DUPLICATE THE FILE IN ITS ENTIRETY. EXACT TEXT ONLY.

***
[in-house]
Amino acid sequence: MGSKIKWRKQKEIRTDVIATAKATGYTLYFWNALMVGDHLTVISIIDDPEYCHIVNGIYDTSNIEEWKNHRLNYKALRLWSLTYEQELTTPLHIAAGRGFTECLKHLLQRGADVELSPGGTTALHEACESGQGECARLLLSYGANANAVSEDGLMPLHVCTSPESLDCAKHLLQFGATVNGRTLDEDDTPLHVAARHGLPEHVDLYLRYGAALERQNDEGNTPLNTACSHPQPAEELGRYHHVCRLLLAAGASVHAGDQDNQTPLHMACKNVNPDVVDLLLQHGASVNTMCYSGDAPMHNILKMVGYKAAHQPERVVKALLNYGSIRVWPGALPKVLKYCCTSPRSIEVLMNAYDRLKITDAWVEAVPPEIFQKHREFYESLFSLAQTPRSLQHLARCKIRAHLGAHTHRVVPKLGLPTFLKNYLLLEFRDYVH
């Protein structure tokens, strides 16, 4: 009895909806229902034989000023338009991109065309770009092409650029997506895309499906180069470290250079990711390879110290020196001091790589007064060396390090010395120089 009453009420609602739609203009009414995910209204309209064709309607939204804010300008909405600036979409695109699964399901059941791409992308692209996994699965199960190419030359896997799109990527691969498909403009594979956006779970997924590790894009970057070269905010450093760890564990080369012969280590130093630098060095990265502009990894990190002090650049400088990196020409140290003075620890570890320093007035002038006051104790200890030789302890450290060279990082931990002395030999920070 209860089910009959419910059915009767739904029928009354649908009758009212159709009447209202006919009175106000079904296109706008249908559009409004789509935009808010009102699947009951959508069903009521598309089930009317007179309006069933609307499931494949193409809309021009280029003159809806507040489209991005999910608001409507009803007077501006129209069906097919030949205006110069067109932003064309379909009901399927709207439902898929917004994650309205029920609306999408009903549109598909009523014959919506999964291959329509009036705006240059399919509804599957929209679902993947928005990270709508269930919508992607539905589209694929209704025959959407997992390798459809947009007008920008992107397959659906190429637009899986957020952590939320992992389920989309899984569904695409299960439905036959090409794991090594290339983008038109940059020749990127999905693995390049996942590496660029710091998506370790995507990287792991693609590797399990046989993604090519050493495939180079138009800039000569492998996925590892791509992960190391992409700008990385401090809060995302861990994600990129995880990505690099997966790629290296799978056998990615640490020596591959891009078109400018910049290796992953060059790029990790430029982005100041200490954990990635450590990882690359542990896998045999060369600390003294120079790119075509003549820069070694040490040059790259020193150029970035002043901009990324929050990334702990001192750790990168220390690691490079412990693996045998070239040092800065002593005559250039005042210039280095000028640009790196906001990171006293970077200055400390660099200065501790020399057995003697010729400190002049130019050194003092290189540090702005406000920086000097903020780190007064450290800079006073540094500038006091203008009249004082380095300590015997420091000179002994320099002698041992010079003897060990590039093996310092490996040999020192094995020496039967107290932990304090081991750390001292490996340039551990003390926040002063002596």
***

[in-house]
Amino acid sequence: MGSKIKWRKQKEIRTDVIATAKATGYTLYFWNALMVGDHLTVISIIDDPEYCHIVNGIYDTSNIEEWKNHRLNYKALRLWSLTYEQELTTPLHIAAGRGFTECLKHLLQRGADVELSPGGTTALHEACESGQGECARLLLSYGANANAVSEDGLMPLHVCTSPESLDCAKHLLQFGATVNGRTLDEDDTPLHVAARHGLPEHVDLYLRYGAALERQNDEGNTPLNTACSHPQPAEELGRYHHVCRLLLAAGASVHAGDQDNQTPLHMACKNVNPDVVDLLLQHGASVNTMCYSGDAPMHNILKMVGYKAAHQPERVVKALLNYGSIRVWPGALPKVLKYCCTSPRSIEVLMNAYDRLKITDAWVEAVPPEIFQKHREFYESLFSLAQTPRSLQHLARCKIRAHLGAHTHRVVPKLGLPTFLKNYLLLEFRDYVH
């Protein structure tokens, strides 16, 4: 009895909806229902034989000023338009991109065309770009092409650029997506895309499906180069470290250079990711390879110290020196001091790589007064060396390090010395120089 009453009420609602739609203009009414995910209204309209064709309607939204804010300008909405600036979409695109699964399901059941791409992308692209996994699965199960190419030359896997799109990527691969498909403009594979956006779970997924590790894009970057070269905010450093760890564990080369012969280590130093630098060095990265502009990894990190002090650049400088990196020409140290003075620890570890320093007035002038006051104790200890030789302890450290060279990082931990002395030999920070 209860089910009959419910059915009767739904029928009354649908009758009212159709009447209202006919009175106000079904296109706008249908559009409004789509935009808010009102699947009951959508069903009521598309089930009317007179309006069933609307499931494949193409809309021009280029003159809806507040489209991005999910608001409507009803007077501006129209069906097919030949205006110069067109932003064309379909009901399927709207439902898929917004994650309205029920609306999408009903549109598909009523014959919506999964291959329509009036705006240059399919509804599957929209679902993947928005990270709508269930919508992607539905589209694929209704025959959407997992390798459809947009007008920008992107397959659906190429637009899986957020952590939320992992389920989309899984569904695409299960439905036959090409794991090594290339983008038109940059020749990127999905693995390049996942590496660029710091998506370790995507990287792991693609590797399990046989993604090519050493495939180079138009800039000569492998996925590892791509992960190391992409700008990385401090809060995302861990994600990129995880990505690099997966790629290296799978056998990615640490020596591959891009078109400018910049290796992953060059790029990790430029982005100041200490954990990635450590990882690359542990896998045999060369600390003294120079790119075509003549820069070694040490040059790259020193150029970035002043901009990324929050990334702990001192750790990168220390690691490079412990693996045998070239040092800065002593005559250039005042210039280095000028640009790196906001990171006293970077200055400390660099200065501790020399057995003697010729400190002049130019050194003092290189540090702005406000920086000097903020780190007064450290800079006073540094500038006091203008009249004082380095300590015997420091000179002994320099002698041992010079003897060990590039093996310092490996040999020192094995020496039967107290932990304090081991750390001292490996340039551990003390926040002063002596």